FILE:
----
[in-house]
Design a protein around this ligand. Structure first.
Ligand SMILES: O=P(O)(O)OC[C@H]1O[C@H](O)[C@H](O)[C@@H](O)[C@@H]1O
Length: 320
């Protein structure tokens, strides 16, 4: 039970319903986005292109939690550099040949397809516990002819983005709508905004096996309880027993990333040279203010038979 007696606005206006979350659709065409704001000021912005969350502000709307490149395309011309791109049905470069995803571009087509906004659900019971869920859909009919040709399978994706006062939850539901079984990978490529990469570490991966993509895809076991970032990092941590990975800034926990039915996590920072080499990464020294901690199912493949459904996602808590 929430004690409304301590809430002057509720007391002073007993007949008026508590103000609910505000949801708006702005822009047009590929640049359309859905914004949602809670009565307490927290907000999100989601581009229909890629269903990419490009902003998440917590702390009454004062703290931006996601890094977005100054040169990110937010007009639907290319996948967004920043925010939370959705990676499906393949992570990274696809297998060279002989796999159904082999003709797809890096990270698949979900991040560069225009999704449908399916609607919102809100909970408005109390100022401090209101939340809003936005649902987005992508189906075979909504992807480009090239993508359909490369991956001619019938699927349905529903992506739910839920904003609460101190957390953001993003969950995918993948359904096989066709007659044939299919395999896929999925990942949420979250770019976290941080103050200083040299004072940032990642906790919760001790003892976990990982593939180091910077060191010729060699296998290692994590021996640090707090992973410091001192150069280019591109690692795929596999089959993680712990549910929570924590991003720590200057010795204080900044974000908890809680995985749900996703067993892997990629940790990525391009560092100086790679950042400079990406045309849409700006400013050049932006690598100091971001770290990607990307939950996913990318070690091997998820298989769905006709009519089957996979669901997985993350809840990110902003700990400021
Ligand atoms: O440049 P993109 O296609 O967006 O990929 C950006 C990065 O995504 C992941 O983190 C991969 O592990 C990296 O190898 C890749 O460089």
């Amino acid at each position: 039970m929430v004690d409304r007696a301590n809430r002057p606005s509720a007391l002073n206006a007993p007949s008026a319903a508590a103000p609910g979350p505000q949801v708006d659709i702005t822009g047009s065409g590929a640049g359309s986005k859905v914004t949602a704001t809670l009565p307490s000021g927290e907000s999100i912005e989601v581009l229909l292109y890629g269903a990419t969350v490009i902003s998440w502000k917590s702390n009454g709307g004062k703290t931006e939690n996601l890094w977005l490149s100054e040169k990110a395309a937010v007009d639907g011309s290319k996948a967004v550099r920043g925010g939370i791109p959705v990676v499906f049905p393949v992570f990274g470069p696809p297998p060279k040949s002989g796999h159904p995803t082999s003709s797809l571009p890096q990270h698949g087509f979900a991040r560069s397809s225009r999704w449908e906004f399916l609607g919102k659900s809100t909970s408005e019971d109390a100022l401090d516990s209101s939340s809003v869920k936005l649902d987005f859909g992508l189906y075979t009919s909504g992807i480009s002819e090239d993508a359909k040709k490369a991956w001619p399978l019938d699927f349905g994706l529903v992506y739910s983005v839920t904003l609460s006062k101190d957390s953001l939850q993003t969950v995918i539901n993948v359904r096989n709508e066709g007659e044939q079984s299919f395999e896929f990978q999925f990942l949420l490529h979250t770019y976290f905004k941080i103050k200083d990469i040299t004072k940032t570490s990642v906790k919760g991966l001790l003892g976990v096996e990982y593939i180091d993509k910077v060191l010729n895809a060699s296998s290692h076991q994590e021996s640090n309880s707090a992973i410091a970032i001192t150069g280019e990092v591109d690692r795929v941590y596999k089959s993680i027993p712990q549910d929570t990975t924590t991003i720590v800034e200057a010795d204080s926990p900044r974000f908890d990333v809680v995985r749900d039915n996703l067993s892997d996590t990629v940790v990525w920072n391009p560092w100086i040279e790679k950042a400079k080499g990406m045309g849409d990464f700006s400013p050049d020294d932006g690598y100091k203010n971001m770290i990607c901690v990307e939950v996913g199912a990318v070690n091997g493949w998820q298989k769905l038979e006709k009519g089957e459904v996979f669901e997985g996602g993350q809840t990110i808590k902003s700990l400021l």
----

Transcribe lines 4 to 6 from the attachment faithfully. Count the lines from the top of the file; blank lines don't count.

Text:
Length: 320
């Protein structure tokens, strides 16, 4: 039970319903986005292109939690550099040949397809516990002819983005709508905004096996309880027993990333040279203010038979 007696606005206006979350659709065409704001000021912005969350502000709307490149395309011309791109049905470069995803571009087509906004659900019971869920859909009919040709399978994706006062939850539901079984990978490529990469570490991966993509895809076991970032990092941590990975800034926990039915996590920072080499990464020294901690199912493949459904996602808590 929430004690409304301590809430002057509720007391002073007993007949008026508590103000609910505000949801708006702005822009047009590929640049359309859905914004949602809670009565307490927290907000999100989601581009229909890629269903990419490009902003998440917590702390009454004062703290931006996601890094977005100054040169990110937010007009639907290319996948967004920043925010939370959705990676499906393949992570990274696809297998060279002989796999159904082999003709797809890096990270698949979900991040560069225009999704449908399916609607919102809100909970408005109390100022401090209101939340809003936005649902987005992508189906075979909504992807480009090239993508359909490369991956001619019938699927349905529903992506739910839920904003609460101190957390953001993003969950995918993948359904096989066709007659044939299919395999896929999925990942949420979250770019976290941080103050200083040299004072940032990642906790919760001790003892976990990982593939180091910077060191010729060699296998290692994590021996640090707090992973410091001192150069280019591109690692795929596999089959993680712990549910929570924590991003720590200057010795204080900044974000908890809680995985749900996703067993892997990629940790990525391009560092100086790679950042400079990406045309849409700006400013050049932006690598100091971001770290990607990307939950996913990318070690091997998820298989769905006709009519089957996979669901997985993350809840990110902003700990400021
Ligand atoms: O440049 P993109 O296609 O967006 O990929 C950006 C990065 O995504 C992941 O983190 C991969 O592990 C990296 O190898 C890749 O460089």